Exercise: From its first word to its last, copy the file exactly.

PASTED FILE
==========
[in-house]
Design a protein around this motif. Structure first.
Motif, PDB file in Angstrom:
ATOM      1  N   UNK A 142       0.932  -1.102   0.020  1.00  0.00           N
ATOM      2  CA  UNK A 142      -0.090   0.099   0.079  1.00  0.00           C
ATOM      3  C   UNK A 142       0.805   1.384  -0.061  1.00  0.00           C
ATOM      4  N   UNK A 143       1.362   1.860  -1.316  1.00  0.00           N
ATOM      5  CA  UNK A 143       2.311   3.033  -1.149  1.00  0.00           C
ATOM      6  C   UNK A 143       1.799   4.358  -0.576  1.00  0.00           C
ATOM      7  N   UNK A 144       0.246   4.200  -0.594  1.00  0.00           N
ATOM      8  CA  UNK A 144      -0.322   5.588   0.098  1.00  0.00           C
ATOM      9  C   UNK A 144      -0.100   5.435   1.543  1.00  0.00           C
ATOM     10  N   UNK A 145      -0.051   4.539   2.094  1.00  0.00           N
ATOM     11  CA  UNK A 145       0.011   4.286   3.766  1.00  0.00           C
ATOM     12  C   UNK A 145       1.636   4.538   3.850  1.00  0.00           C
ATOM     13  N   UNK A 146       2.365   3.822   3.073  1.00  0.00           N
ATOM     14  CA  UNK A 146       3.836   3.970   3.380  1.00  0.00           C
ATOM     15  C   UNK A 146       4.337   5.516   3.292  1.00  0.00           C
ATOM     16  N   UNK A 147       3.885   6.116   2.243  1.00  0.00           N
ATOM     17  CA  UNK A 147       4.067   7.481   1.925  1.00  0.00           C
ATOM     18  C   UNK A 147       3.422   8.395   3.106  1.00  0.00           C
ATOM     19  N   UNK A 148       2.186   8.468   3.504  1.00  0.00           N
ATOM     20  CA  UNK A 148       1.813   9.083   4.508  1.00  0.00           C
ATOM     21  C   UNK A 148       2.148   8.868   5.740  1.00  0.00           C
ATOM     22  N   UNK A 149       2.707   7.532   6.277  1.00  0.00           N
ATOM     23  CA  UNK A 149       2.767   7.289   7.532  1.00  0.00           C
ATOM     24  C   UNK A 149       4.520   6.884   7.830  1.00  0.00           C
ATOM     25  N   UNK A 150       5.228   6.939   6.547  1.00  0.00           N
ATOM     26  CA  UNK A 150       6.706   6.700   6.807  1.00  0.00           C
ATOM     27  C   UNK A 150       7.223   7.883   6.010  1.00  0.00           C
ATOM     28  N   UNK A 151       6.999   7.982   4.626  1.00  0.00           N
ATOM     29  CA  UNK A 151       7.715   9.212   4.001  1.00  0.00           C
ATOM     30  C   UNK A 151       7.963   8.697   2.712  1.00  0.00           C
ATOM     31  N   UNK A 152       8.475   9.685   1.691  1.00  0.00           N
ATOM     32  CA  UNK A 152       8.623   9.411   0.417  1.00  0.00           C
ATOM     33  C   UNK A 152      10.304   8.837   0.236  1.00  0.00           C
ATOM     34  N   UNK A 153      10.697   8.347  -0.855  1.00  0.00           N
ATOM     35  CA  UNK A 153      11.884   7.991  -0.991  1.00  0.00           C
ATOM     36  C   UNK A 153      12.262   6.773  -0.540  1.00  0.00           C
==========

[in-house]
Design a protein around this motif. Structure first.
Motif, PDB file in Angstrom:
ATOM      1  N   UNK A 142       0.932  -1.102   0.020  1.00  0.00           N
ATOM      2  CA  UNK A 142      -0.090   0.099   0.079  1.00  0.00           C
ATOM      3  C   UNK A 142       0.805   1.384  -0.061  1.00  0.00           C
ATOM      4  N   UNK A 143       1.362   1.860  -1.316  1.00  0.00           N
ATOM      5  CA  UNK A 143       2.311   3.033  -1.149  1.00  0.00           C
ATOM      6  C   UNK A 143       1.799   4.358  -0.576  1.00  0.00           C
ATOM      7  N   UNK A 144       0.246   4.200  -0.594  1.00  0.00           N
ATOM      8  CA  UNK A 144      -0.322   5.588   0.098  1.00  0.00           C
ATOM      9  C   UNK A 144      -0.100   5.435   1.543  1.00  0.00           C
ATOM     10  N   UNK A 145      -0.051   4.539   2.094  1.00  0.00           N
ATOM     11  CA  UNK A 145       0.011   4.286   3.766  1.00  0.00           C
ATOM     12  C   UNK A 145       1.636   4.538   3.850  1.00  0.00           C
ATOM     13  N   UNK A 146       2.365   3.822   3.073  1.00  0.00           N
ATOM     14  CA  UNK A 146       3.836   3.970   3.380  1.00  0.00           C
ATOM     15  C   UNK A 146       4.337   5.516   3.292  1.00  0.00           C
ATOM     16  N   UNK A 147       3.885   6.116   2.243  1.00  0.00           N
ATOM     17  CA  UNK A 147       4.067   7.481   1.925  1.00  0.00           C
ATOM     18  C   UNK A 147       3.422   8.395   3.106  1.00  0.00           C
ATOM     19  N   UNK A 148       2.186   8.468   3.504  1.00  0.00           N
ATOM     20  CA  UNK A 148       1.813   9.083   4.508  1.00  0.00           C
ATOM     21  C   UNK A 148       2.148   8.868   5.740  1.00  0.00           C
ATOM     22  N   UNK A 149       2.707   7.532   6.277  1.00  0.00           N
ATOM     23  CA  UNK A 149       2.767   7.289   7.532  1.00  0.00           C
ATOM     24  C   UNK A 149       4.520   6.884   7.830  1.00  0.00           C
ATOM     25  N   UNK A 150       5.228   6.939   6.547  1.00  0.00           N
ATOM     26  CA  UNK A 150       6.706   6.700   6.807  1.00  0.00           C
ATOM     27  C   UNK A 150       7.223   7.883   6.010  1.00  0.00           C
ATOM     28  N   UNK A 151       6.999   7.982   4.626  1.00  0.00           N
ATOM     29  CA  UNK A 151       7.715   9.212   4.001  1.00  0.00           C
ATOM     30  C   UNK A 151       7.963   8.697   2.712  1.00  0.00           C
ATOM     31  N   UNK A 152       8.475   9.685   1.691  1.00  0.00           N
ATOM     32  CA  UNK A 152       8.623   9.411   0.417  1.00  0.00           C
ATOM     33  C   UNK A 152      10.304   8.837   0.236  1.00  0.00           C
ATOM     34  N   UNK A 153      10.697   8.347  -0.855  1.00  0.00           N
ATOM     35  CA  UNK A 153      11.884   7.991  -0.991  1.00  0.00           C
ATOM     36  C   UNK A 153      12.262   6.773  -0.540  1.00  0.00           C